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J Immunol. 2006 Mar 1;176(5):2888-95.

TLR7/8 triggering exerts opposing effects in acute versus latent HIV infection.

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Division of Infectious Diseases and Hospital Epidemiology, Department of Internal Medicine, University Hospital of Zurich, Zurich, Switzerland.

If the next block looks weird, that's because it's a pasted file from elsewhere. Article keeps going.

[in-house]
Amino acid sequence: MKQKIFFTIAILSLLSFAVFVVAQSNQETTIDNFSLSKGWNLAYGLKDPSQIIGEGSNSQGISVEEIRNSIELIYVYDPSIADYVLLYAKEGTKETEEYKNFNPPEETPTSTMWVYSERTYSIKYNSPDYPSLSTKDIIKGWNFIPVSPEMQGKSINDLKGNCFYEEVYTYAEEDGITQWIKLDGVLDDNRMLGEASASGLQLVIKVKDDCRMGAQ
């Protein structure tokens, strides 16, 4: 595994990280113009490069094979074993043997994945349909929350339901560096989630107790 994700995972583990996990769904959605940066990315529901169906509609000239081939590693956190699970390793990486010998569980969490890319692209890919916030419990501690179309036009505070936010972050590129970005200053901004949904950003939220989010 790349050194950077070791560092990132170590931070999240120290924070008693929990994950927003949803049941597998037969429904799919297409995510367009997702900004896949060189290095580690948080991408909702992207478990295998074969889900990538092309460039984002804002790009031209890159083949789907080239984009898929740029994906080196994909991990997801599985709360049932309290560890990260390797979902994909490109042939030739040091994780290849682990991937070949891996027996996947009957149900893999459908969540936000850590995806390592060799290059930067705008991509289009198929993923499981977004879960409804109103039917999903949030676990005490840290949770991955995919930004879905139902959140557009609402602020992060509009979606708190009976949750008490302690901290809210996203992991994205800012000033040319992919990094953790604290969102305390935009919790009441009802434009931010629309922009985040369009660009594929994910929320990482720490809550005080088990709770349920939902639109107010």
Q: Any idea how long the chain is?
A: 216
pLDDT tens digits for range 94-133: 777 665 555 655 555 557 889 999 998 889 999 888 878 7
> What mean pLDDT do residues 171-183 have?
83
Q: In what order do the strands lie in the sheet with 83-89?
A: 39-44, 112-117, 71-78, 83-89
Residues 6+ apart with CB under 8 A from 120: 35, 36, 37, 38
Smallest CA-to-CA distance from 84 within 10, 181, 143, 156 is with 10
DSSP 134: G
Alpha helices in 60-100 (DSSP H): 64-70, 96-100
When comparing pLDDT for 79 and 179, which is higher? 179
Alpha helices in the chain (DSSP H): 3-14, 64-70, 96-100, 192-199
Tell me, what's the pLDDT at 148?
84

TLRs trigger innate immunity by recognizing conserved motifs of microorganisms. Recently, ssRNAs from HIV and influenza virus were shown to trigger TLR7 and 8. Thus, we hypothesized that HIV ssRNA, by triggering TLR7/8, affects HIV pathogenesis. Indeed, HIV ssRNA rendered human lymphoid tissue of tonsillar origin or PBMC barely permissive to HIV replication. The synthetic compound R-848, which also triggers TLR7/8, showed similar anti-HIV activity. Loss of R-848's activity in lymphoid tissue depleted of B cells suggested a role for B cells in innate immunity. TLR7/8 triggering appears to exert antiviral effects through soluble factors: conditioned medium reduced HIV replication in indicator cells. Although a number of cytokines and chemokines were increased upon adding R-848 to lymphoid tissue, blocking those cytokines/chemokines (i.e., IFN-alpha receptor, IFN-gamma, MIP-1alpha, -1beta, RANTES, and stromal cell-derived factor-1) did not result in the reversal of R-848's anti-HIV activity. Thus, the nature of this soluble factor(s) remains unknown. Unlike lymphoid tissue acutely infected with HIV, triggering latently infected promonocytic cells induced the release of HIV virions. The anti-HIV effects of triggering TLR7/8 may inhibit rapid killing, while pro-HIV effects may guarantee a certain replication level. Compounds triggering TLR7/8 may be attractive drug candidates to purge latent HIV while preventing new infections.

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